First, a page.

The Pirates sent catcher Paul Brands from the Netherland to the DSL while he awaited his work visa to go to the United States. He is in the GCL now, but he got into a game in the DSL and was injured in the third inning. Then Granberry was out for a week after getting hurt during catching drills, which at one point, meant that they had six catchers there and the only healthy one was Ramy Perez. Some of the others were getting time at the DH spot, but were unable to catch. As of now, all of them are healthy at the same time. While the team wouldn’t use five catchers at once, there were plans to use Perez at 3B/2B occasionally, Granberry at 1B and Brito was expected to play a lot due to his prospect status, so they were going to get them playing time.

That would have been nice if the injuries stopped at 11, seems like enough for one team in half a season, but shortstop Christopher Perez had an arm injury that kept him out early. That caused him to be used sparingly until recently and he was definitely behind everyone else once he started playing. They also lost outfielder Eddy Vizcaino with a leg infection after a bad slide, and just recently, outfielder Eliezer Ramirez broke his hand and he is done for the season.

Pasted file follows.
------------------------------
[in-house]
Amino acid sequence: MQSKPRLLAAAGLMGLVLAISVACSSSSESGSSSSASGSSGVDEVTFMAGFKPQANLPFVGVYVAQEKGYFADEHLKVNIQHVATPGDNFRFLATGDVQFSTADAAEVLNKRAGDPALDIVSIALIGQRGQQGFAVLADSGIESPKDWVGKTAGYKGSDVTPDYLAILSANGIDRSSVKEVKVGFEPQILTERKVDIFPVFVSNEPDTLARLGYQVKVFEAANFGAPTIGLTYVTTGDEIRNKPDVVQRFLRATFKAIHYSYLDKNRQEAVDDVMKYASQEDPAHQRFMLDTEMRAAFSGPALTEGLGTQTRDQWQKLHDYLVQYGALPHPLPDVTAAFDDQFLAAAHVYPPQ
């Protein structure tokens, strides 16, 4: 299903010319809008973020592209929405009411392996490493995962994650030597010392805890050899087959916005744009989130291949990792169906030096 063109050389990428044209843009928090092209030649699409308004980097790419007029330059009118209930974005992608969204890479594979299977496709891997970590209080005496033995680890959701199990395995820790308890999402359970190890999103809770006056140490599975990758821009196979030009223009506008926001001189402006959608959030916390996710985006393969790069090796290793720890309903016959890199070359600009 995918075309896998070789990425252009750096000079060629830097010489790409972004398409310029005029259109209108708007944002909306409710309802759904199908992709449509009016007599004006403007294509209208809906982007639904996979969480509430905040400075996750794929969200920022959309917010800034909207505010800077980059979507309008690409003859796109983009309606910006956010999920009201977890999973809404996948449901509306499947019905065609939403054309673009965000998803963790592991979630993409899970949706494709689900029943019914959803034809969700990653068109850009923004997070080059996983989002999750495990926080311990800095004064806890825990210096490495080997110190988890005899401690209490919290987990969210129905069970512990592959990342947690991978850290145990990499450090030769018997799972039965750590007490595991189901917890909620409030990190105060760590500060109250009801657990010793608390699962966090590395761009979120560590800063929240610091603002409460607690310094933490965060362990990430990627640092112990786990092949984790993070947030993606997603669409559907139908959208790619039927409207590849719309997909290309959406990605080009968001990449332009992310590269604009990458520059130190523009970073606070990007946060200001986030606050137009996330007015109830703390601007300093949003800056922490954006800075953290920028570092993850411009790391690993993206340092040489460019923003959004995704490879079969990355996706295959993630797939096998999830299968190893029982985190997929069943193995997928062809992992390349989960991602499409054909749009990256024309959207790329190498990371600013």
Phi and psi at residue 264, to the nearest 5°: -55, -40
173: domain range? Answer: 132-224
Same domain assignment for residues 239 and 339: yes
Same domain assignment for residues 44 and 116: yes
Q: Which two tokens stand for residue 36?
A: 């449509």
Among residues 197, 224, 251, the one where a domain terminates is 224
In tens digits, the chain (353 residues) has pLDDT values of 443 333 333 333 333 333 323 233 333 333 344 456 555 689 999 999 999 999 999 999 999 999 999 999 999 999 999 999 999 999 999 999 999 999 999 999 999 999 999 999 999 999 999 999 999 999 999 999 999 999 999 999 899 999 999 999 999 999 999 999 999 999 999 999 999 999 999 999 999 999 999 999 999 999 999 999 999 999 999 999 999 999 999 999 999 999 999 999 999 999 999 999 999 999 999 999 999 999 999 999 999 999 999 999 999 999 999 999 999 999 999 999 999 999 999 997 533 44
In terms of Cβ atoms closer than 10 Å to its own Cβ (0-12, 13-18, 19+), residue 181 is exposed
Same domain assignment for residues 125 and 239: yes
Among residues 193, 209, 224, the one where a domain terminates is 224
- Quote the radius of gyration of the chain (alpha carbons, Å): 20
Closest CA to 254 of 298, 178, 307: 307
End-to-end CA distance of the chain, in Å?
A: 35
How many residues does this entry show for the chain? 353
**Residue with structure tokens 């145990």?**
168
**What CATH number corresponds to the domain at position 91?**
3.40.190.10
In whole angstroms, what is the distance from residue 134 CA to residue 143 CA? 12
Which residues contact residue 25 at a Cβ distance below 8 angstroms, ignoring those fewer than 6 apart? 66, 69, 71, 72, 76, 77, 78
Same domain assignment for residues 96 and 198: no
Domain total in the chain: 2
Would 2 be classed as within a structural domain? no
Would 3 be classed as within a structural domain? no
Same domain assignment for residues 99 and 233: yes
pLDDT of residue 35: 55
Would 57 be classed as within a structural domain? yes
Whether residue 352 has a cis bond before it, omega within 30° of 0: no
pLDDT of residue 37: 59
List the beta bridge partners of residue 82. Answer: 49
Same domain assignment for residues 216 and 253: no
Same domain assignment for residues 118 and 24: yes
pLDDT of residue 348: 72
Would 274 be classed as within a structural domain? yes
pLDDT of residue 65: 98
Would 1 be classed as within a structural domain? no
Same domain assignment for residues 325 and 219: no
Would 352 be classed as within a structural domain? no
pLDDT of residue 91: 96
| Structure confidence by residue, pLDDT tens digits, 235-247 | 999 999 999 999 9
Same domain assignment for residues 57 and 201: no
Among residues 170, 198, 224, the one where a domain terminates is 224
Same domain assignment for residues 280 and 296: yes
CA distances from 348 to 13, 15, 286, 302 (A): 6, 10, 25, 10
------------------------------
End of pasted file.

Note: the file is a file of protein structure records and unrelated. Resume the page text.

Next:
Johan De Jesus was supposed to see full-time action this year, his third season in the DSL, but he was suspended for the entire season due to a failed drug test. He hasn’t performed in the past, but third year players do have an advantage in the league with their age and experience, so he probably would have helped. Finally, Rudy Guzman could have been playing for the team, but he has been dealing with visa issues. In reality, he would be somewhere in the US by now if not for those issues, but he’s a really talented player that would have helped this team out early if he was playing. He only recently started playing and has been used mostly off the bench.

I think that paints a pretty good picture of what the team has been dealing with this year, but that’s not all. There is also the case of the entire starting rotation being first-year players and the team has a total of 16 first-year players getting regular time out of the current 32 active players. That means half the players are rookies and the top seven pitchers in innings pitched are as well. So the rookies are getting a majority of the innings, while the rest who are all second-year players, except third-year Luis Brun and his 7.30 career ERA, have thrown a total of 95 innings.

So we now see why the team has legit excuses for being bad, but the performance of some of the top signings from last year, could be classified as disappointing. Here are the stats, along with the bonus total for the eight players that got six-figure deals last July: